STP Electives | Frankie

One of the best parts of my STP experience so far has been my elective, it’s a great way of getting away from the work you do every day and gaining new perspectives on healthcare science. My elective ended up being a series of small things rather than a big 4 to 6-week elective, mostly because of time constraints (N.B. getting married during the STP is STRESSFUL) but also because the larger placement that I wanted to do fell through.

My objectives

Before embarking on your elective project, you have to set some objectives. I started with some quite broad ideas of what I wanted to get out of my project and from there worked out how to achieve this.

My first objective was to find a way for me to keep my mind on patients during my day-to-day work. As a trainee in genomics, I have no patient contact, so it’s easy to become disconnected from the patients who our work will affect, and see them only as tubes of blood or DNA. Because of this, I wanted to find a way to connect with patients and gain experiences that I would take with me throughout my career.

In order to do this, I decided to try and find a rare genetic disease charity and see if I could spend some time with them and see how their work can directly influence patients and also how it benefits healthcare scientists working in genetics.

I also wanted to gain experience in science communication to the public and develop my skills in describing what I do to the general public.

The Lily Foundation

As you can imagine, I e-mailed quite a few genetic disease charities in order to organise a placement and one of the ones that replied was the Lily Foundation. The Lily Foundation is a charity for a group of rare genetic disorders known as mitochondrial disease.

Mitochondrial disease describes conditions that affect the function of the mitochondria, organelles present in almost every cell in the human body and make the energy our cells need to function. They also carry their own DNA that codes for key components that keep them working properly. If this DNA is damaged through mutation, the mitochondria don’t work, meaning our cells can’t make the energy they need to function properly. But mitochondrial diseases can also be caused by mutations in the cell’s nuclear DNA, which makes finding a genetic diagnosis notoriously difficult. I was also working on the diagnosis of mitochondrial disease for my research project, so working with Lily Foundation was right up my street!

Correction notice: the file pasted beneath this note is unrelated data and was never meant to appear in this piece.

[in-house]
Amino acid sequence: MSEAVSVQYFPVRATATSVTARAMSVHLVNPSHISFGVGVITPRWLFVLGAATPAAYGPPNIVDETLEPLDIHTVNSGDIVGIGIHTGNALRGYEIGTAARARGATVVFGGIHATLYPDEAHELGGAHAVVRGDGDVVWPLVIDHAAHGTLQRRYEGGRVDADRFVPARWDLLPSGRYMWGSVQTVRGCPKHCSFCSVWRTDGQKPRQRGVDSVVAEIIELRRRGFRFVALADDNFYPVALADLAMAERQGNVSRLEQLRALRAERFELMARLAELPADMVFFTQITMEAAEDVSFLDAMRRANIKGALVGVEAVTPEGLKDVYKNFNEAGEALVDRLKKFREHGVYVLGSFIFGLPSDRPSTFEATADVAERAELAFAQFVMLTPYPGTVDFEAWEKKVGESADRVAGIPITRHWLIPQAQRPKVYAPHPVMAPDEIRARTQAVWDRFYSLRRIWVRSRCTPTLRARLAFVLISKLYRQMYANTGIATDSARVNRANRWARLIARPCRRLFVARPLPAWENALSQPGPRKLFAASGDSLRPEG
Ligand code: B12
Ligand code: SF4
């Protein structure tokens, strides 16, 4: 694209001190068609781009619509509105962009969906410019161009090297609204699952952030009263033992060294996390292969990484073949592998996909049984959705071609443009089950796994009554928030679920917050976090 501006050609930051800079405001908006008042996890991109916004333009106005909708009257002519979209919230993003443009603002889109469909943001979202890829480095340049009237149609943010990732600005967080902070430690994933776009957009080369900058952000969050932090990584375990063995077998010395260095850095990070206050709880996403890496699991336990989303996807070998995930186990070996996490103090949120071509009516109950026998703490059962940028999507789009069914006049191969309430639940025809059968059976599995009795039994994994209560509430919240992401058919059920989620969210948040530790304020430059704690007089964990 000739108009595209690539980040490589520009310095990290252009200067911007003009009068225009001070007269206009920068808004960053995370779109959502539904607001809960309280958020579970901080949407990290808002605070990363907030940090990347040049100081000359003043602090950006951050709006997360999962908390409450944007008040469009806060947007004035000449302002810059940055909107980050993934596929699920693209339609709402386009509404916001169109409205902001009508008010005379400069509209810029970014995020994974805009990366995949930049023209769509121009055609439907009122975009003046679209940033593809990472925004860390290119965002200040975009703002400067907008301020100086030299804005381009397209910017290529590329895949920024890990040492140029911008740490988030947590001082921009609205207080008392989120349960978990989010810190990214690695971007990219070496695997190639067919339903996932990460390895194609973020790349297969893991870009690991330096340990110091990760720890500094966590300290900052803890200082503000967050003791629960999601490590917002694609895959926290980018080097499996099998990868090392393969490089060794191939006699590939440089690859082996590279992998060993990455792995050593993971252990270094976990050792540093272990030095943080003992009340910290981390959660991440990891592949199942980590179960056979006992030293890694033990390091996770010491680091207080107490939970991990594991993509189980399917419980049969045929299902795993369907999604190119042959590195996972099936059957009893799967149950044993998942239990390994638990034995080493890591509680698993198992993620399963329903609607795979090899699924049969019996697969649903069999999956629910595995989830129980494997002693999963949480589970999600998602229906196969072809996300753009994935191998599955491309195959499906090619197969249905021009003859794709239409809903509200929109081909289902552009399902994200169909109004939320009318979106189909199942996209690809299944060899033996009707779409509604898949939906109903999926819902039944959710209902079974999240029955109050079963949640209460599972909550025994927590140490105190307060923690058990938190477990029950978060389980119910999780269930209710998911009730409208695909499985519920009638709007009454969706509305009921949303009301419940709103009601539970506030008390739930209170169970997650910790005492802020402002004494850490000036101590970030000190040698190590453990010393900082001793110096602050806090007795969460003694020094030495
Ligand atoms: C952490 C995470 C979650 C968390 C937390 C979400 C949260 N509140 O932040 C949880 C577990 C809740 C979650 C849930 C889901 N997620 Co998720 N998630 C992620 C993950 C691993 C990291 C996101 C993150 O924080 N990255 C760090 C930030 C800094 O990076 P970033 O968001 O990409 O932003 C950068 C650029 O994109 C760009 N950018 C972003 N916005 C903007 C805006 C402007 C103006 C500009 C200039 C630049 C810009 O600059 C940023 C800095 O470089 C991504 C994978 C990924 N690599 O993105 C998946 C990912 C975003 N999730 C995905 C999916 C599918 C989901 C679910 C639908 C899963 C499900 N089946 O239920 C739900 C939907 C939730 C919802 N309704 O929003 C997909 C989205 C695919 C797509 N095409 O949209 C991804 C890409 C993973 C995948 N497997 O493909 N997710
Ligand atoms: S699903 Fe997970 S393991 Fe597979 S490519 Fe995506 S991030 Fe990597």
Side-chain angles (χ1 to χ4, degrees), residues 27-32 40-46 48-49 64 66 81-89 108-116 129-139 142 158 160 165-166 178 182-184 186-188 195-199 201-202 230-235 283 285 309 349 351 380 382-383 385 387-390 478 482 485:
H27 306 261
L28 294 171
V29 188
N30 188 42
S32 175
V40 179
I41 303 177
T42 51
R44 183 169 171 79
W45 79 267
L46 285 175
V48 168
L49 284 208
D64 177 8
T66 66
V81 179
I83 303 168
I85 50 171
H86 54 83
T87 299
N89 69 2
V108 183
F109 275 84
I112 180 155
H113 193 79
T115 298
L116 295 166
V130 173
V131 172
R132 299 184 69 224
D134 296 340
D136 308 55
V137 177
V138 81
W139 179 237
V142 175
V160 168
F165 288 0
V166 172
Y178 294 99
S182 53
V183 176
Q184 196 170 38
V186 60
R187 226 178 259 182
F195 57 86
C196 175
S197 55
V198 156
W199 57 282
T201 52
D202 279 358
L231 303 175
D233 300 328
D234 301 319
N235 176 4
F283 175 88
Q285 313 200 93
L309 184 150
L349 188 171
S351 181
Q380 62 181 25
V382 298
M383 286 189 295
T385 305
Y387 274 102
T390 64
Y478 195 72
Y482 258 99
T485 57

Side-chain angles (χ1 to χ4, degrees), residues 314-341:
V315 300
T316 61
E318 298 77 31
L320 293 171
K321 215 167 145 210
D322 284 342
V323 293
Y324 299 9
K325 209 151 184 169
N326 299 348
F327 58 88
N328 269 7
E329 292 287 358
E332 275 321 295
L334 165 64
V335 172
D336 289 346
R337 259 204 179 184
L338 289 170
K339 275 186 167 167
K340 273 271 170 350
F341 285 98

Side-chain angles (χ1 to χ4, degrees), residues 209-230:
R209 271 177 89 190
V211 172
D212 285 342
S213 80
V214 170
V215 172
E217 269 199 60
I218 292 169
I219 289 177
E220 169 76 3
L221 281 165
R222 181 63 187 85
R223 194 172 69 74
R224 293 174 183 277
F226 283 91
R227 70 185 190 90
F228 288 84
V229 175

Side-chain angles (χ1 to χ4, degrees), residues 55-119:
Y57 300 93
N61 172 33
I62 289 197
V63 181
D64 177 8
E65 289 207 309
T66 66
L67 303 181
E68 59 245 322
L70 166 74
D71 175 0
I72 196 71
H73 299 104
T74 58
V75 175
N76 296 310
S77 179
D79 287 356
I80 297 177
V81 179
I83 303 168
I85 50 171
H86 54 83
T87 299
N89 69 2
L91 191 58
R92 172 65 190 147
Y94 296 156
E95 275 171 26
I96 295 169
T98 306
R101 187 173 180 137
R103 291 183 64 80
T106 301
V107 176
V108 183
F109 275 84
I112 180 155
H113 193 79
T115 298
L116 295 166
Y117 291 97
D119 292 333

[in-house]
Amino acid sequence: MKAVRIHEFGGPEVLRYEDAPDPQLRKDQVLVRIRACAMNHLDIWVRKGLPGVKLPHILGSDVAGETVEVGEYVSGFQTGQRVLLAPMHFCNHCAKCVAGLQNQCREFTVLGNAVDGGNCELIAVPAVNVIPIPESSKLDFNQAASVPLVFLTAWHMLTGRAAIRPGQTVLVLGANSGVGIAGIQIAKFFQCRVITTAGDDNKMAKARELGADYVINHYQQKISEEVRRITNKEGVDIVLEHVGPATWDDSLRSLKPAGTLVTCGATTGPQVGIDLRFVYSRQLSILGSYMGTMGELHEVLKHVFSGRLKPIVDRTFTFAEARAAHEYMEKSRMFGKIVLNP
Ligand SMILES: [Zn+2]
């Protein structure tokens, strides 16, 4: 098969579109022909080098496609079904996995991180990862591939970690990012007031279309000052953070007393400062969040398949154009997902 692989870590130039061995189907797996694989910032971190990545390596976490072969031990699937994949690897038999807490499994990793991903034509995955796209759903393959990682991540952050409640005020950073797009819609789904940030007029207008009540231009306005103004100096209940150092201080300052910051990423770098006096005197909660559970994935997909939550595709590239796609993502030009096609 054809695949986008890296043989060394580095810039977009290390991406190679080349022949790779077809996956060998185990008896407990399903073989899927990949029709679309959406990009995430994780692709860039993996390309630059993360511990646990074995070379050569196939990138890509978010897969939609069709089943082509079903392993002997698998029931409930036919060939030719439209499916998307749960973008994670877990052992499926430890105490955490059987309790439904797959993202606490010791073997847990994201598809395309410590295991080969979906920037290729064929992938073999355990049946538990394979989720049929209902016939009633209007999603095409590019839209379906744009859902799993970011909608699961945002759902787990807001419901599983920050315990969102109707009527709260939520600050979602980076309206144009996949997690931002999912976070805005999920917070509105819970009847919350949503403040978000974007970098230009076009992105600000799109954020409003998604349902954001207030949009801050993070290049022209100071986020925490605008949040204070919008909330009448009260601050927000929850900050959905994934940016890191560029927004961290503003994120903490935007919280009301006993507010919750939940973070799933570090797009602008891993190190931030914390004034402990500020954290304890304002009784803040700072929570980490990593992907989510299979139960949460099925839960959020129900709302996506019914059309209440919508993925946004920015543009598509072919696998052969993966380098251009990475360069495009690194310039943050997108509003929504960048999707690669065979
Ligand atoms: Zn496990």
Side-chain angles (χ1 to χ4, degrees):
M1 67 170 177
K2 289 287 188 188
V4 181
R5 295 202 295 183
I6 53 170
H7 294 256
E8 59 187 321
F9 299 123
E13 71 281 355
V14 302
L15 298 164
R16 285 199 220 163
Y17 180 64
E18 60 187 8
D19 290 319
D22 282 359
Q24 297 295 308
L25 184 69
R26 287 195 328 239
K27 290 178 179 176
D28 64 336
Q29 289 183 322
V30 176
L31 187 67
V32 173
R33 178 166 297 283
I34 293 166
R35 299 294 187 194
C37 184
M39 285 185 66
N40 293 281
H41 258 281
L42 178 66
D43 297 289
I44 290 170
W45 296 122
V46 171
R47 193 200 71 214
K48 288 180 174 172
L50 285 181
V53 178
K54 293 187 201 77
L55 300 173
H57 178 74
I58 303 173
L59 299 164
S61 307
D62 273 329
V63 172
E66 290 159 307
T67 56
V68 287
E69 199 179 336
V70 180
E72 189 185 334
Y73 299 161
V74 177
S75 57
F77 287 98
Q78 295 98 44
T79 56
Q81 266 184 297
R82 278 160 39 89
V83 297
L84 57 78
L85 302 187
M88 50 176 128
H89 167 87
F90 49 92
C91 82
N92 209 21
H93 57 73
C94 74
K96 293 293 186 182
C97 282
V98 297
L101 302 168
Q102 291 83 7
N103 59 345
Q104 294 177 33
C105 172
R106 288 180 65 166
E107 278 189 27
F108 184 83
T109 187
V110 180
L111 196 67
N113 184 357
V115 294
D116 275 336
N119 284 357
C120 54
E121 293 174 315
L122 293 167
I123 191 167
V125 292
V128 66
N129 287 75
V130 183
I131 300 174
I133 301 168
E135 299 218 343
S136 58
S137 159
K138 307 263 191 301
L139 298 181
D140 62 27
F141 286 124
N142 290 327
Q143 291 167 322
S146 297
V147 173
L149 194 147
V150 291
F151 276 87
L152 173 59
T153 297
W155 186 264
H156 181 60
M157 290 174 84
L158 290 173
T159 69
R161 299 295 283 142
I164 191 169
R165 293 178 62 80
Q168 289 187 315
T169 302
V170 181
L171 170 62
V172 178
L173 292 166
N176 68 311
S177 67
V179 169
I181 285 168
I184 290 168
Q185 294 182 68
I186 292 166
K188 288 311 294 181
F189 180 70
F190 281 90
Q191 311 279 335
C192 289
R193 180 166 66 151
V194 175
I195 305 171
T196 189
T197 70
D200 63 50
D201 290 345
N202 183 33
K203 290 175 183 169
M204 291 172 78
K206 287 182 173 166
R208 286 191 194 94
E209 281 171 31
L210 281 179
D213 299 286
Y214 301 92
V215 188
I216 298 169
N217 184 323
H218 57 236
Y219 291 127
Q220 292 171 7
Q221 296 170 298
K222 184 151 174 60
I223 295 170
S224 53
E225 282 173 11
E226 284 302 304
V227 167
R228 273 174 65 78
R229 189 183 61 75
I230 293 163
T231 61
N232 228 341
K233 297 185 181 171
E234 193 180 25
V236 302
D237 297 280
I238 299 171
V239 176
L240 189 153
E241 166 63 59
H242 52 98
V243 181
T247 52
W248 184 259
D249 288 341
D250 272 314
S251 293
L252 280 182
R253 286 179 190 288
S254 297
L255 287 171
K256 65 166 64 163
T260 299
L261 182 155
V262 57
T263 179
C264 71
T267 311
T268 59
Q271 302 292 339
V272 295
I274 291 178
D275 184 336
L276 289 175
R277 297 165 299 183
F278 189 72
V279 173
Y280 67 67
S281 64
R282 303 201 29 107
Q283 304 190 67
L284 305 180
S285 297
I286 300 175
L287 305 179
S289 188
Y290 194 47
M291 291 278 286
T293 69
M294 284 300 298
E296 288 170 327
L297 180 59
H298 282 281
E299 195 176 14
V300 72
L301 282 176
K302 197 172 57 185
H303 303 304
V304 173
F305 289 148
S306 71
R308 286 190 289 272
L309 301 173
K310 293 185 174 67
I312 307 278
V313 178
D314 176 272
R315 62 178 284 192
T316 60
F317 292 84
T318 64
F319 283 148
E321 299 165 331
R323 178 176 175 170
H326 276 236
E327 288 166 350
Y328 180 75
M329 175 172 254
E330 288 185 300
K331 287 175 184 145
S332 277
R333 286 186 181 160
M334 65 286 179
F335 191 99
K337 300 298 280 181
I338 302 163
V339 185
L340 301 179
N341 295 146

The Lily Foundation puts on many fundraising events throughout the year, ranging from their annual charity ball (which usually has celebrity patrons) to supporting small group and individual fundraising events such as bake sales and sporting events. Not only does this raise funds for the charity, but it also raises awareness if mitochondrial disease in the general population and in the medical community.

The charity uses these funds to help patients and families cope with mitochondrial disease by helping to buy specialist equipment that is not available on the NHS, helping with disability benefit applications and funding family holidays away through a partnership with Centre Parks.

As well as directly helping families, a lot of the funds raised are fed into research looking into new diagnostic techniques, treatments and therapies for mitochondrial disease.

On my elective, I was able to gain experience in both parts of their work.

Research

I was lucky enough to spend a week at the Lily Foundation’s research laboratory at Guy’s Hospital in London. Whilst there I learned about a new diagnostic technique, Whole Exome Sequencing, for mitochondrial diagnosis.

As I said before, mitochondrial disease is very difficult to diagnose, as you have to look for mutations in the nuclear and mitochondrial DNA. Whole Exome sequencing can be used to look at all the parts of a patient’s DNA that code for proteins (which is about 1% of the genome) at the same time, in patients who are thought to have mitochondrial disease but don’t have any mutations in their mitochondrial DNA. This technique has allowed the Lily Foundation’s scientists to gain a genetic diagnosis for about 75% of participants, but also to identify novel gene mutations that could be causing mitochondrial disease and to find potential drug targets for new treatments.